Of course, NewsBusters has been apprising readers about the significance of the Financial Services Modernization Act of 1999 (aka Gramm-Leach-Bliley) for many months, including articles on the subject here and here.
With this in mind, despite Maddow's supposed intellectual prowess, she's not only extremely late to this party, but she also apparently thinks only the sponsors of a bill are responsible for its content and not those that vote for or eventually sign it into law (video part I embedded right, part II below the fold with partial transcript):
Left-wing pundit Rachel Maddow wants everyone to remember -- President Barack Obama did not start the wars in Afghanistan and Iraq. Got that? This is so important, Maddow felt compelled to repeat it during a recent broadcast.
While doing so, Maddow engaged in unsubtle revisionism on what led to the wars.
Here's what Maddow said on her MSNBC cable show Monday night (the remarks that follow comprise the first part of the embedded video, with two other segments in the video also described in this post) --
When it comes to a voter's right to privacy, some elections are less sacred than others to radio host Ed Schultz.
The country's top-rated liberal talker has seized on the deceptively named Employee Free Choice Act -- also known as "card check" -- that would allow unions to circumvent workplace elections that currently let workers decide on unionization.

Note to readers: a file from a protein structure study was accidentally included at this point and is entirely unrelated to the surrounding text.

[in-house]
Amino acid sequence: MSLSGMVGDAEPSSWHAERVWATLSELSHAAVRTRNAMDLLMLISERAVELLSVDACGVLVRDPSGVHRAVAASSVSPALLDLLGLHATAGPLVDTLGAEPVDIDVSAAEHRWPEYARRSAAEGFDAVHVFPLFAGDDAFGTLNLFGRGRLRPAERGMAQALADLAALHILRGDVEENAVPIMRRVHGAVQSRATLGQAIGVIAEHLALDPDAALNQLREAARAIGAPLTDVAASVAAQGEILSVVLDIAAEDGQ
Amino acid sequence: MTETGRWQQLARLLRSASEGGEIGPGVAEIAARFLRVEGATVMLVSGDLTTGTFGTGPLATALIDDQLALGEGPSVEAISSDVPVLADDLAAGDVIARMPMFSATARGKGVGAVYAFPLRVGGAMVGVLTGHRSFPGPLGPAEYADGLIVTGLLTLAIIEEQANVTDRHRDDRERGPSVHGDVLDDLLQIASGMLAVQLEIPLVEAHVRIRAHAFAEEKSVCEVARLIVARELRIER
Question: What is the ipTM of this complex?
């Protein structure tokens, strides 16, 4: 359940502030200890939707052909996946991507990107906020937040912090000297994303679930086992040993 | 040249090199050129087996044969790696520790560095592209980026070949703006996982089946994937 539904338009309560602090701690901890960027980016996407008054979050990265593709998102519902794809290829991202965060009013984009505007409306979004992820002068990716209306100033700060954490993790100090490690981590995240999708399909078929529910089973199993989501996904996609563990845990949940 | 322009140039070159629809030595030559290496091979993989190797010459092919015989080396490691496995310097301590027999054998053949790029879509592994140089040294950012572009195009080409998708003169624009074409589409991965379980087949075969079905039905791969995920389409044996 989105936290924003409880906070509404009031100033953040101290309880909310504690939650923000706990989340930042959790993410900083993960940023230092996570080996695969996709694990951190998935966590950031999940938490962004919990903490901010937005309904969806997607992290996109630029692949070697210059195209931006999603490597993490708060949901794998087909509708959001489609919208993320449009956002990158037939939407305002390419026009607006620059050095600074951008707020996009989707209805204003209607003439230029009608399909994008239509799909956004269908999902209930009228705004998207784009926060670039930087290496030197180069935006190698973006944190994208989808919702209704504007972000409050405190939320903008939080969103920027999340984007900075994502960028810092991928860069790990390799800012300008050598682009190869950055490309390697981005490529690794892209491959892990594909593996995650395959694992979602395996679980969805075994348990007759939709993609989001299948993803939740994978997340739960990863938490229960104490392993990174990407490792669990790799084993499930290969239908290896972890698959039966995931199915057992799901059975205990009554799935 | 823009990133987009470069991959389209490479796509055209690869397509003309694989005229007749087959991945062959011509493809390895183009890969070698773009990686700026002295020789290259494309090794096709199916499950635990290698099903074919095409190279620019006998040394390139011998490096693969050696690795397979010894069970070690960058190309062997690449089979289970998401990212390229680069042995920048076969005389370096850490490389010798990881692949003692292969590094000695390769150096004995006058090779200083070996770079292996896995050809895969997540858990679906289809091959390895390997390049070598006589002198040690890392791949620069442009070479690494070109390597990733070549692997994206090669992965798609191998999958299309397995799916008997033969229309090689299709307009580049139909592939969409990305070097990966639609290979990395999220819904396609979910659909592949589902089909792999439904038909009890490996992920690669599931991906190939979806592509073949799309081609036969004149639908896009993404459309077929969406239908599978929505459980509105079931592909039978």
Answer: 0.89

Here's Schultz on Monday, misleading his listeners on how card check would work (click here for audio) --
Here she goes again, this time during her show Friday night while condemning Republicans calling for a "freeze" on federal spending for the rest of the fiscal year --
You know who else had the excellent idea to freeze government spending during a recession? This guy! (holds up photo of Hoover) H.H., President Herbert Hoover. His fundamental misunderstanding of how to shore up a failing economy was so celebrated that the great armies of homeless and jobless Americans gave him naming rights for the shanty towns where they all lived in cardboard boxes and burned-out cars during the Great Depression -- Hoovervilles. Hoovervilles.
And now, (House Minority Leader) John Boehner and congressional Republicans are advocating the same policy.
Enboldened by smarm, Maddow went on to say --